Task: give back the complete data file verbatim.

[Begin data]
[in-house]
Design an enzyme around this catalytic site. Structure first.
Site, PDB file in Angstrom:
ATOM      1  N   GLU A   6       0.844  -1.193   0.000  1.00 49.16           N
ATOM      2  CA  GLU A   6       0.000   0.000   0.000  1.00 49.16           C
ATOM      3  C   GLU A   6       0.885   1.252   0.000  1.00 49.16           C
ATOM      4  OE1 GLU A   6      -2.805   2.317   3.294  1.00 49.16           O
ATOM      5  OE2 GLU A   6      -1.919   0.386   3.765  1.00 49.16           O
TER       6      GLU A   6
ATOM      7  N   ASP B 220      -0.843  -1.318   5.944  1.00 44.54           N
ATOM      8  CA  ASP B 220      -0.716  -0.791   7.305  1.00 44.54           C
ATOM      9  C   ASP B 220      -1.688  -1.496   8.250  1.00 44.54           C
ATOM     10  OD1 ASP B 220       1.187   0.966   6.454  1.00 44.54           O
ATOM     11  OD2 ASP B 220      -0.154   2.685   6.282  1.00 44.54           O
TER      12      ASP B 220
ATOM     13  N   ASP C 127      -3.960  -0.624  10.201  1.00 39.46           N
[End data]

[in-house]
Design an enzyme around this catalytic site. Structure first.
Site, PDB file in Angstrom:
ATOM      1  N   GLU A   6       0.844  -1.193   0.000  1.00 49.16           N
ATOM      2  CA  GLU A   6       0.000   0.000   0.000  1.00 49.16           C
ATOM      3  C   GLU A   6       0.885   1.252   0.000  1.00 49.16           C
ATOM      4  OE1 GLU A   6      -2.805   2.317   3.294  1.00 49.16           O
ATOM      5  OE2 GLU A   6      -1.919   0.386   3.765  1.00 49.16           O
TER       6      GLU A   6
ATOM      7  N   ASP B 220      -0.843  -1.318   5.944  1.00 44.54           N
ATOM      8  CA  ASP B 220      -0.716  -0.791   7.305  1.00 44.54           C
ATOM      9  C   ASP B 220      -1.688  -1.496   8.250  1.00 44.54           C
ATOM     10  OD1 ASP B 220       1.187   0.966   6.454  1.00 44.54           O
ATOM     11  OD2 ASP B 220      -0.154   2.685   6.282  1.00 44.54           O
TER      12      ASP B 220
ATOM     13  N   ASP C 127      -3.960  -0.624  10.201  1.00 39.46           N